Choosing a Rifle to Practice Snap Shooting
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Choosing a Rifle to Practice Snap Shooting

Choosing a Rifle to Practice Snap Shooting




      

Choosing a Rifle to Practice Snap Shooting


Choosing a Rifle to Practice Snap Shooting

The choice of rifle cartridge for snap shooting should lie between the .22 short, .22 long-rifle and .22 automatic—the .22 short is good enough, but the automatic would have to be used by those who preferred a self-loading gun. Cartridge economy is worth considering now because snap shooting cats up ammunition with an insatiable appetite. The rifle ought to be light, well balanced, with a fitted stock, in model either a pump action or an automatic; the latter is the fastest, but the other is fast enough and has the better trigger pull. Of course a single-shot would do for wing shooting, but the ambitious student will soon reach a point where the firing of one shot at an object will not content, but he must get off two or three ere his mark strikes the ground. 1 In sights, some profess to be able to use the tang peep with large aperture, but all professionals prefer open sights of a rather coarse description, large bead front and wide notch in the rear. The Lyman jack sight is a good bead or the Sheard, with a slightly crescent shaped rear bar. Align the sights to shoot center at fifty feet when the full front bead is taken, no effort being made to draw the bead fine, since that is impossible in snap shooting.

Let the trigger pull be quick and sharp without the least perceptible drag or any irregularity whatever; the customary weight of pull on the shotgun is about right, yielding with a pressure of three to four pounds. The automatic has a heavier pull than this which prevents the rifle from being acceptable to many, though others do good work with it.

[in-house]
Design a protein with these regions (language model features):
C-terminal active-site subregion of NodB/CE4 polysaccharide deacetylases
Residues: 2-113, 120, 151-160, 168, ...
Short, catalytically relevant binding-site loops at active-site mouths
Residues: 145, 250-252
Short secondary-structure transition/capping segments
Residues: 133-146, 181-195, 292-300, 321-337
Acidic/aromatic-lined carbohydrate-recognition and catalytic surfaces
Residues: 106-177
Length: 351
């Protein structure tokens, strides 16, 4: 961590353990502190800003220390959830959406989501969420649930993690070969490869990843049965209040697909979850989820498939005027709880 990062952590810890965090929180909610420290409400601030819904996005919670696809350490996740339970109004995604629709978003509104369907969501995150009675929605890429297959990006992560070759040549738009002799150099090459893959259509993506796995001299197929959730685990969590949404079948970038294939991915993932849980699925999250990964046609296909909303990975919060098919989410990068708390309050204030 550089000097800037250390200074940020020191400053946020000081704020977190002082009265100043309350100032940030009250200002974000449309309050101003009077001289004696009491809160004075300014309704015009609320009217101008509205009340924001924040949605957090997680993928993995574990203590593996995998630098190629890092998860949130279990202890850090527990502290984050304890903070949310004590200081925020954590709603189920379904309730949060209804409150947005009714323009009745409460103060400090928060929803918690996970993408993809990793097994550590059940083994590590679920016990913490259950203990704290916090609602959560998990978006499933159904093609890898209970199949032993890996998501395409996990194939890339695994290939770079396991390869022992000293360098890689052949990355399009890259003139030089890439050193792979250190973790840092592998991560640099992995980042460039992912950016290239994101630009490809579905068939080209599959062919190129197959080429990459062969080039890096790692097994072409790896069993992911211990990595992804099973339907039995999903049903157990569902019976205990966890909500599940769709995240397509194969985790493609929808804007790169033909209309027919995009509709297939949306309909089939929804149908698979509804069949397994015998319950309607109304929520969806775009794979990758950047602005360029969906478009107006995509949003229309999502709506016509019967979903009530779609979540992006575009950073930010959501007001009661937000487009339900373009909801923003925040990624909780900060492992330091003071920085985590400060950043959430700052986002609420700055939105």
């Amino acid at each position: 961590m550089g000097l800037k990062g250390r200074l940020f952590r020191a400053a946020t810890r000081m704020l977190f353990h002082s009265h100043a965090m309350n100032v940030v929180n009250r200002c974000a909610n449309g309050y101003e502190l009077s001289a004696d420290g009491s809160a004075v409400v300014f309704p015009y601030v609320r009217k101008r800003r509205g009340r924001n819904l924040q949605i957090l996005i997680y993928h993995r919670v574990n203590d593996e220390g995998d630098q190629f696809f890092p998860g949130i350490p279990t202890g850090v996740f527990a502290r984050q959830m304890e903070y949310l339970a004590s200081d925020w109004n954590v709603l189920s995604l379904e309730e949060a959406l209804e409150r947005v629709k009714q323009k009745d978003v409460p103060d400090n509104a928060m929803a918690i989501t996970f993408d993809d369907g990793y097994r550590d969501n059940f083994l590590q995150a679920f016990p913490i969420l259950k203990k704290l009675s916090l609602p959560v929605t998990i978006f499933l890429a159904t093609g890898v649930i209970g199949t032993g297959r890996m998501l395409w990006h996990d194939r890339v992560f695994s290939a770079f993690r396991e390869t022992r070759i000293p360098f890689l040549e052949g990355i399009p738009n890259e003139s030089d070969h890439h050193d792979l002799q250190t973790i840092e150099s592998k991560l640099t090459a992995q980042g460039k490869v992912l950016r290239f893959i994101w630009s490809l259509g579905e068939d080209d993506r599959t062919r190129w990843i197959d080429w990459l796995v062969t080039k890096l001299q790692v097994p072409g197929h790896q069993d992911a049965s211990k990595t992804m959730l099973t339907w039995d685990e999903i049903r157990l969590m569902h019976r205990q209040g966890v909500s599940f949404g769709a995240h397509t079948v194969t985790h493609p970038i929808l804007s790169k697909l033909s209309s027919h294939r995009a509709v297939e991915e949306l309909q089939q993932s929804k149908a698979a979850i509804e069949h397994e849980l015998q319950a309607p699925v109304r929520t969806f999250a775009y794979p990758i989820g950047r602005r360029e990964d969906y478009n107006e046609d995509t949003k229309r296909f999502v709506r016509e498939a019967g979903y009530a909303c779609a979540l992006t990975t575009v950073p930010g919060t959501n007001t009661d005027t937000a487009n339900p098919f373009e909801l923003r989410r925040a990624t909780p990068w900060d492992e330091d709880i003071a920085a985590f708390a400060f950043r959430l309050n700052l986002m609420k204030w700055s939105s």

Having the rifle, the next thing is to practice with it, everlastingly practice. The ordinary rifle wing shot will fire a hundred rounds a day to begin with and may presently find himself using a thousand.

Begin at the beginning, that is with the easiest possible feats. Throw up empty quart cans (the assistant does this) straight into the air ten feet high and ten feet distant from the gun. Almost any ten year old boy can begin to hit these after a few attempts, but if the cans prove to be too small try an old tin pan. Success will beget success in this game in very short order.

When the cans can be struck with considerable regularity at ten feet, increase the range a few feet at a time until they are being tossed up at a distance of thirty feet from the gun. With the longer range, it should be noted, the targets are to be thrown up a trifle higher. Keep up the work with the cans until nine out of ten and ten hits straight are frequent; then blocks of wood can be substituted for the tins, but have large blocks at first, not less than four inches in diameter, and when changing to the smaller targets go back to the shortest range again and run through the list of objects.

The original practice should now be repeated with the blocks, gradually increasing the range to thirty feet. With gaining skill reduce the size of the mark, but be satisfied with reasonable progress—early attempts to duplicate the work of a professional are very discouraging, and it should never be forgotten that they learned the A, B, Cs before they could read. By and by, the targets being thrown straight up at a moderate distance, the marksman should find little difficulty in striking an object the size of a walnut with great regularity.

Askins, Charles. Rifles and Rifle Shooting. New York: Outing, 1912. Print.

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